Spreij, Jan Jacobus Bate “Co”, born 22-5-1911, in Alphen aan den Rijn , Netherlands, son of Leendert Spreij and Gertrude Radersma had become a member of the National Socialist Movement in the Netherlands (NSB) , under leader Mussert, Anton Adrian “Ad”
. at an early stage. He served as a reserve 2nd lieutenant in the Dutch army. Due to the Civil Service Prohibition that was promulgated by the second cabinet Ruijs de Beerenbrouck at the beginning of 1933, he had to leave the service.
On 08-02-1934, the NSB founded the group 13 Alphen aan de Rijn in his hometown. Spreij became group leader and was also acting group leader of the Bodegraven group. In 1938 he left for Germany where he settled in Düsseldorf. In 1939 the Dutch Central Intelligence Service listed him as leader of Kring 2 Duisburg (Brederode) of the National Socialist Union of the Dutch in Germany (NSBND).
There is a strong suspicion that he was directly involved in the operations of the Brandenburger during the invasion of the Netherlands in May 1940. After all, on 30-05-1941 he requested an interview with NSB leader Rost van Tonningen to discuss the matter of May 1940 and he was most likely one of the one of the first to leave for Germany to follow an SS training. Spreij was also often mentioned as an assistant to Hubert Köhler, the leader of Sports and Games and he was already closely involved in the recruitment for those groups. The Brandenburgers were members of the Brandenburg German special forces unit during World War II. Rost van Tonningen was first transferred to an internment camp in Elst by the Canadian army, then transferred from there to Utrecht and taken to the prison in Scheveningen on 5 June. He committed suicide on 06-06-1945, age 51, by jumping down the balustrade of a staircase.
After the capitulation, Spreij reported for the Waffen-SS. Most likely he was part of the first group to leave for the SS-Ersatzbataillon “Deutschland” in the Freimann barracks in Munich to undergo military training after Hitler gave permission to found Westland in June 1940. Part of the first group was involved in the operations of the Brandenburger. At the end of 1941 he left for the Eastern Front where he was injured in 1942 and subsequently recovered in a hospital in Prague.
After his recovery he became the adjutant to SS Obergruppenführer Gottlob Berger, the chief of the Reichssicherheitshauptamt in Berlin. Berger played an important role in the recruitment of the Waffen SS troops. In the fall of 1942, Amt VI of the Reichsicherheitshauptamt decided to establish a spy school Seehof on the Park Sorghvliet estate in The Hague (A-Schule West). Spreij became the deputy commander of the school, behind SS-Obersturmbannführer Friedrich (Fritz) Knolle. In fact, Spreij was in charge of the daily management of the school. During that period, Spreij became acquainted with the daughter of an SS General, they started a relationship.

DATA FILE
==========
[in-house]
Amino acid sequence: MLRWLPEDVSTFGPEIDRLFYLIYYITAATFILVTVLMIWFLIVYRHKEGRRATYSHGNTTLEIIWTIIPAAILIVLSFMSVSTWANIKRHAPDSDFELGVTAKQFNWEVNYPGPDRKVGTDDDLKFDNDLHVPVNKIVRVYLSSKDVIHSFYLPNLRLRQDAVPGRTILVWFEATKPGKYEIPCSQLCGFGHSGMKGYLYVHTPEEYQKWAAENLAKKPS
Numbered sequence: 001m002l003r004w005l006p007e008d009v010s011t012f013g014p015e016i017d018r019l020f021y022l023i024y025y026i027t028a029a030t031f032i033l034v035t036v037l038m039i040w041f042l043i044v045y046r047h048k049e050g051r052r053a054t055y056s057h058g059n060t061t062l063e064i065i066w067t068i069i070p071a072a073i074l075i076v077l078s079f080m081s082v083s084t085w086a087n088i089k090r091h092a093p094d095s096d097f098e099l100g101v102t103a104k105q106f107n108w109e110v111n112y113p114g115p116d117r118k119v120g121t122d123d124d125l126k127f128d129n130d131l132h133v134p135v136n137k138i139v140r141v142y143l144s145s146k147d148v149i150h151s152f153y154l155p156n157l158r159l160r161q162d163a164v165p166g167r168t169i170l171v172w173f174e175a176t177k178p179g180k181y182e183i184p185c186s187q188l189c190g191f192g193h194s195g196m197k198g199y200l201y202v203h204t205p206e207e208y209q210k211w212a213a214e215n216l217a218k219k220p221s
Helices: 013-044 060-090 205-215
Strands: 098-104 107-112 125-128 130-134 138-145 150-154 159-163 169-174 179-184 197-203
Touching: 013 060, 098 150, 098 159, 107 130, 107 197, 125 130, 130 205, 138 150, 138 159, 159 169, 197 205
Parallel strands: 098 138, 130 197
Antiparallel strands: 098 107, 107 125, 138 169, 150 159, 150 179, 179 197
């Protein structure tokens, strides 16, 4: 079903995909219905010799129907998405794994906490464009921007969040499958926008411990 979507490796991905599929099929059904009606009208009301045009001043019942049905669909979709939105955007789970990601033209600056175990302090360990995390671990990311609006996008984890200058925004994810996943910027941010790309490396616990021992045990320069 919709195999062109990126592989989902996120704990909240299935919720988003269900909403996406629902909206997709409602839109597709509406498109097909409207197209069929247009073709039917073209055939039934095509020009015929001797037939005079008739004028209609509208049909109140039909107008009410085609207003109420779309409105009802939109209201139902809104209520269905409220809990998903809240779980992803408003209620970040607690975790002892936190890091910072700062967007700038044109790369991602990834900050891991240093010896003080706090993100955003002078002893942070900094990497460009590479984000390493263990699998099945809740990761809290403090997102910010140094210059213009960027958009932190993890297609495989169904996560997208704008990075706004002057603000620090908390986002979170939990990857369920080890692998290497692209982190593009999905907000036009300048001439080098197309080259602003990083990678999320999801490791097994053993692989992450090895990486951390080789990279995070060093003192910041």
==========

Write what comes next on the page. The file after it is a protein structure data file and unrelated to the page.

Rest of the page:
Death and burial ground of Sprey, Jan Jacobus Bate “Co”.
On 24-12-1943 Knolle found him in a very drunken condition. The next day Spreij went on leave to Magdenburg, where he would get engaged. During his absence, 2 students reported to Knolle that he was guilty of sexual acts.
Knolle called him back and he immediately confessed. A Kriegsgericht followed. The charge was that he was guilty of homosexual acts with students. In the first instance, the verdict was the death penalty. On appeal to the Oberster Kriegsgericht, Knolle argued in favor of Spreij, which was not appreciated. In the meantime, Spreij was locked up in the Haaren Minor Seminary, which at that time was called Polizeigefängnis und Untersuchungs Gefängnis Haaren. As SS-Hauptsturmführer he was a special prisoner who had many privileges and with whom the camp commander SD-er Obersturmführer Heinrich Wacker had daily conversations.
Himmler eventually determined that Sprey would be given the opportunity to commit suicide. An aide from Knolle or SS Obergruppenführer Hanns Albin Rauter the highest SS and Police Leader in the occupied Netherlands, himself brought him a revolver in his cell and Sprey took his own life After the war Rauter was sentenced to death and executed, in The Hague, 25-03-1949, age 54.
“When the guard in the Minor Seminary in Haaren, which was converted into a prison, entered Co Spreij’s cell one morning in May 1944, he saw him lying on the floor. Spreij was “stretched out in blood,” with a wound to the head. “Near him I saw a pistol lying on the floor by his right hand.” said Bas Kromhout – Historisch Nieuwsblad, 16-06-2010.
Jacobus Sprey first was buried at Algemene begraafplaats Westduin, Den Haag. Then after the war reburied at the German Soldatenfriedhof Ysselsteyn, Ysselsteyn, Venray Municipality, Limburg, Netherlands, Section STA-3-28. He was buried with military honors; an obituary in Volk en Vaderland stated that he had been killed in an exercise with hand grenades.